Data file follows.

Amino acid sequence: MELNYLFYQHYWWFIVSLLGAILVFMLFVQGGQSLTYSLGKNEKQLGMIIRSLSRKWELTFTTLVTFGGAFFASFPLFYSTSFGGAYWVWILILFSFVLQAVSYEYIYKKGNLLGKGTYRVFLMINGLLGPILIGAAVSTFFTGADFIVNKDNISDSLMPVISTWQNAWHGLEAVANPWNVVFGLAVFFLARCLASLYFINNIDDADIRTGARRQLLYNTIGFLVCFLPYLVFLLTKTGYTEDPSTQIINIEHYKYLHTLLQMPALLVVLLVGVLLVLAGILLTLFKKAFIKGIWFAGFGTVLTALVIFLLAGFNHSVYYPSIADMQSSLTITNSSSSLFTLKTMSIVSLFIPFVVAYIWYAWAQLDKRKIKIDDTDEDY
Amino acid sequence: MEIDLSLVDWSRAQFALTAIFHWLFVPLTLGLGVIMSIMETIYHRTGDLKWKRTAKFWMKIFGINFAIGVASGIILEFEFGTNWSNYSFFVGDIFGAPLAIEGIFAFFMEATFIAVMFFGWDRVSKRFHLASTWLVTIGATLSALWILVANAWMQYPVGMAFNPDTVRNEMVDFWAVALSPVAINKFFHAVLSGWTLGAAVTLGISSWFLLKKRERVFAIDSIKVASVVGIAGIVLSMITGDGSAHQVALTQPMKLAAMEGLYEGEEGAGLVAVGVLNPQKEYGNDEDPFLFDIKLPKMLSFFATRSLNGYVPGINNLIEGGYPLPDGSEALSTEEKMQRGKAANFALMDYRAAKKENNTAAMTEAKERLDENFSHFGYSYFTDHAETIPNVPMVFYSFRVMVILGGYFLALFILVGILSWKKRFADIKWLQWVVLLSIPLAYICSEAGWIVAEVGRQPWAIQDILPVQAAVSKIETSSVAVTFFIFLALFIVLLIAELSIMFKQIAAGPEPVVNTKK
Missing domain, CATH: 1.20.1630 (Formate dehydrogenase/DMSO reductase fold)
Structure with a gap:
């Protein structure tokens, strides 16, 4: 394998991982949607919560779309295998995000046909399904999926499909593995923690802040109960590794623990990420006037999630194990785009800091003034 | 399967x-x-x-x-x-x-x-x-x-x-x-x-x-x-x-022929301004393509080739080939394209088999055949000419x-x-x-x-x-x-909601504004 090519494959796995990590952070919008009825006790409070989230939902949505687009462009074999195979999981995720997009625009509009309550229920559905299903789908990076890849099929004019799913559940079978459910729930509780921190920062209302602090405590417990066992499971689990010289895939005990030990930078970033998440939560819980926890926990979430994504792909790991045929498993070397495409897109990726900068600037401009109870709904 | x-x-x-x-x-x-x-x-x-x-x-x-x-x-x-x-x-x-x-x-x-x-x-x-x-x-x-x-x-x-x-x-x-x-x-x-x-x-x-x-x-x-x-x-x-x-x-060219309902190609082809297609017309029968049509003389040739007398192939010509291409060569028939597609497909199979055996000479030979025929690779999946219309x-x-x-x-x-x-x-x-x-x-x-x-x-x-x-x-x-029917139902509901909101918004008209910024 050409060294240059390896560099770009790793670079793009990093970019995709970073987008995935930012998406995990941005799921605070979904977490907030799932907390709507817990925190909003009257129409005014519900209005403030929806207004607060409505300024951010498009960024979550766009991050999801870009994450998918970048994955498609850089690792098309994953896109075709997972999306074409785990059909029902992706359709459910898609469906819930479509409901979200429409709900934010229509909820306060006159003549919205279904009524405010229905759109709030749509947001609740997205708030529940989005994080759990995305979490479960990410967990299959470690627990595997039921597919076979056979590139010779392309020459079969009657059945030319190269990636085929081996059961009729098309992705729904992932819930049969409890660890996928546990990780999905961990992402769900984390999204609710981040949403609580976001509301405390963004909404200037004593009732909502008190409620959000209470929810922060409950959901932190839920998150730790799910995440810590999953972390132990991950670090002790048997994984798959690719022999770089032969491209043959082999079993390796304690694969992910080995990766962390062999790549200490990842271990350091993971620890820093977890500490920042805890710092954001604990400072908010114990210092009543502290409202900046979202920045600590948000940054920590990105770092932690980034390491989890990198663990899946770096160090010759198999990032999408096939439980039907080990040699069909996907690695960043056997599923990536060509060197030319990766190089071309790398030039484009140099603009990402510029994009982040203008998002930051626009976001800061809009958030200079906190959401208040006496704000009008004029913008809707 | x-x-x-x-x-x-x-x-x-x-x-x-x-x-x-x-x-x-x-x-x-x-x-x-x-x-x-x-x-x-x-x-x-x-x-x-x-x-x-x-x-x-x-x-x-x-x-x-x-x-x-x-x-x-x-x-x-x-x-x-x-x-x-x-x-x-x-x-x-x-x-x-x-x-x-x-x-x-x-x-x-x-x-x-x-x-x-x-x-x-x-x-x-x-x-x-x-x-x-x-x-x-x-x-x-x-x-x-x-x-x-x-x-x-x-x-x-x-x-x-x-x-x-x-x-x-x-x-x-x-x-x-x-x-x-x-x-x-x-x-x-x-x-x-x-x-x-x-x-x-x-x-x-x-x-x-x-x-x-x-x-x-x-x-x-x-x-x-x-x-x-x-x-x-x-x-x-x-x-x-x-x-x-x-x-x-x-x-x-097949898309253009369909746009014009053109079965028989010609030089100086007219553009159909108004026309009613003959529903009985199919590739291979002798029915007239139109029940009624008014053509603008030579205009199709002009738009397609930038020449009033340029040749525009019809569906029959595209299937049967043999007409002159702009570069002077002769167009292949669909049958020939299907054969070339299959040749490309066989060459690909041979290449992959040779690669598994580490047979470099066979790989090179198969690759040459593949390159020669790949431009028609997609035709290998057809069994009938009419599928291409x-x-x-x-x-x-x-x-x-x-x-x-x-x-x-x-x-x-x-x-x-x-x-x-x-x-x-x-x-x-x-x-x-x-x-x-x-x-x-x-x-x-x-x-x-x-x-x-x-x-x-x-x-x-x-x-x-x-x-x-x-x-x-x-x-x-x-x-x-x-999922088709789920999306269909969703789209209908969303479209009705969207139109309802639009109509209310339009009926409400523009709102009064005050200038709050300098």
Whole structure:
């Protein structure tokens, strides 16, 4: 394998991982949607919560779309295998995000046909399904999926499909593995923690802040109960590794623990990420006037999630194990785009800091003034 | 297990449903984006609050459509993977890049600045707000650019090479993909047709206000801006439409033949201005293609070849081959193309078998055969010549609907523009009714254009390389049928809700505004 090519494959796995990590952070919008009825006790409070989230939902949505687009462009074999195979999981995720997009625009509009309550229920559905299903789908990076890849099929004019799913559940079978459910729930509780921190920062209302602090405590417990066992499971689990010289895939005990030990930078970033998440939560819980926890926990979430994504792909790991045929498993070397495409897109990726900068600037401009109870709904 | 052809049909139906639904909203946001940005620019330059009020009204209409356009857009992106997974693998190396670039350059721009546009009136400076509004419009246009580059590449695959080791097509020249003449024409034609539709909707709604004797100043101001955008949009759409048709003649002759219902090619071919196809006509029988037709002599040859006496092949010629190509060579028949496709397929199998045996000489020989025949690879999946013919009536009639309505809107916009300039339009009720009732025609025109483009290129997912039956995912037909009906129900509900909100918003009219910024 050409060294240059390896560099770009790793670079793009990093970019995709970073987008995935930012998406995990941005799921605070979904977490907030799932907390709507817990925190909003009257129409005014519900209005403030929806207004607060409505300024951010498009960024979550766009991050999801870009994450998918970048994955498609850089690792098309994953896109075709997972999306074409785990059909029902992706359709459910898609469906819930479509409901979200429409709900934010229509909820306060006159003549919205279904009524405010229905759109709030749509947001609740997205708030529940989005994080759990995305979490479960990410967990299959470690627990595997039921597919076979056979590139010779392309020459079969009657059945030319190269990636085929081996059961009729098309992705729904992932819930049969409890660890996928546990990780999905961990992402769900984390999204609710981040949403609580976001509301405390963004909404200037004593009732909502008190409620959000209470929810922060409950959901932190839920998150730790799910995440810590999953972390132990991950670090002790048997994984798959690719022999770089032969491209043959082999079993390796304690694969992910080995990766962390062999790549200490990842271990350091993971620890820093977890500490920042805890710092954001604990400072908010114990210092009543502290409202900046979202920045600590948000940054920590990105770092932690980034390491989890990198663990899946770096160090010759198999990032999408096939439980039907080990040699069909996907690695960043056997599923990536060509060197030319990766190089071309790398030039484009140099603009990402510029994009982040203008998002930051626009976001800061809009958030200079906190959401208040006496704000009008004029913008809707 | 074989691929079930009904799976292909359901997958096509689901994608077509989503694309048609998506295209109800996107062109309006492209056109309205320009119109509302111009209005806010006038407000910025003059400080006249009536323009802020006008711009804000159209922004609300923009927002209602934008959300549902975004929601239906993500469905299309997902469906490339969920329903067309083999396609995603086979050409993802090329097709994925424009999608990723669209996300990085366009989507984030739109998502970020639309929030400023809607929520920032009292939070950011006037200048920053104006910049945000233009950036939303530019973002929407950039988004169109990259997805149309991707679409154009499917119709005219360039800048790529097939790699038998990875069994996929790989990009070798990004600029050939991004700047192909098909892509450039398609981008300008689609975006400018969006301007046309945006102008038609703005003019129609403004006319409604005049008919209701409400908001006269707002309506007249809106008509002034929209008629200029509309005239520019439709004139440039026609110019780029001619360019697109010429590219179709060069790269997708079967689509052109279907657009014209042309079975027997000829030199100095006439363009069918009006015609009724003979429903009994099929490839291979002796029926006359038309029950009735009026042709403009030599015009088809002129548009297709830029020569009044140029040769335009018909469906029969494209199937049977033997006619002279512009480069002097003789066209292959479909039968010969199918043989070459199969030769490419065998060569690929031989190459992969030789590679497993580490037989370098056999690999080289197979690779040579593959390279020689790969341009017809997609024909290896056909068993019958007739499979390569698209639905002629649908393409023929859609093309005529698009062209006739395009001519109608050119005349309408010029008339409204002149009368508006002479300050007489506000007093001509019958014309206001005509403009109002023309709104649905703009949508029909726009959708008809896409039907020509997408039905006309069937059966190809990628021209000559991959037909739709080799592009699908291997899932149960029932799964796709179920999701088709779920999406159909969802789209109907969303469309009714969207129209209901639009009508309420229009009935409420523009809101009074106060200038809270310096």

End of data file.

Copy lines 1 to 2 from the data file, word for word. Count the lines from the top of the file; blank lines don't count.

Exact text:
Amino acid sequence: MELNYLFYQHYWWFIVSLLGAILVFMLFVQGGQSLTYSLGKNEKQLGMIIRSLSRKWELTFTTLVTFGGAFFASFPLFYSTSFGGAYWVWILILFSFVLQAVSYEYIYKKGNLLGKGTYRVFLMINGLLGPILIGAAVSTFFTGADFIVNKDNISDSLMPVISTWQNAWHGLEAVANPWNVVFGLAVFFLARCLASLYFINNIDDADIRTGARRQLLYNTIGFLVCFLPYLVFLLTKTGYTEDPSTQIINIEHYKYLHTLLQMPALLVVLLVGVLLVLAGILLTLFKKAFIKGIWFAGFGTVLTALVIFLLAGFNHSVYYPSIADMQSSLTITNSSSSLFTLKTMSIVSLFIPFVVAYIWYAWAQLDKRKIKIDDTDEDY
Amino acid sequence: MEIDLSLVDWSRAQFALTAIFHWLFVPLTLGLGVIMSIMETIYHRTGDLKWKRTAKFWMKIFGINFAIGVASGIILEFEFGTNWSNYSFFVGDIFGAPLAIEGIFAFFMEATFIAVMFFGWDRVSKRFHLASTWLVTIGATLSALWILVANAWMQYPVGMAFNPDTVRNEMVDFWAVALSPVAINKFFHAVLSGWTLGAAVTLGISSWFLLKKRERVFAIDSIKVASVVGIAGIVLSMITGDGSAHQVALTQPMKLAAMEGLYEGEEGAGLVAVGVLNPQKEYGNDEDPFLFDIKLPKMLSFFATRSLNGYVPGINNLIEGGYPLPDGSEALSTEEKMQRGKAANFALMDYRAAKKENNTAAMTEAKERLDENFSHFGYSYFTDHAETIPNVPMVFYSFRVMVILGGYFLALFILVGILSWKKRFADIKWLQWVVLLSIPLAYICSEAGWIVAEVGRQPWAIQDILPVQAAVSKIETSSVAVTFFIFLALFIVLLIAELSIMFKQIAAGPEPVVNTKK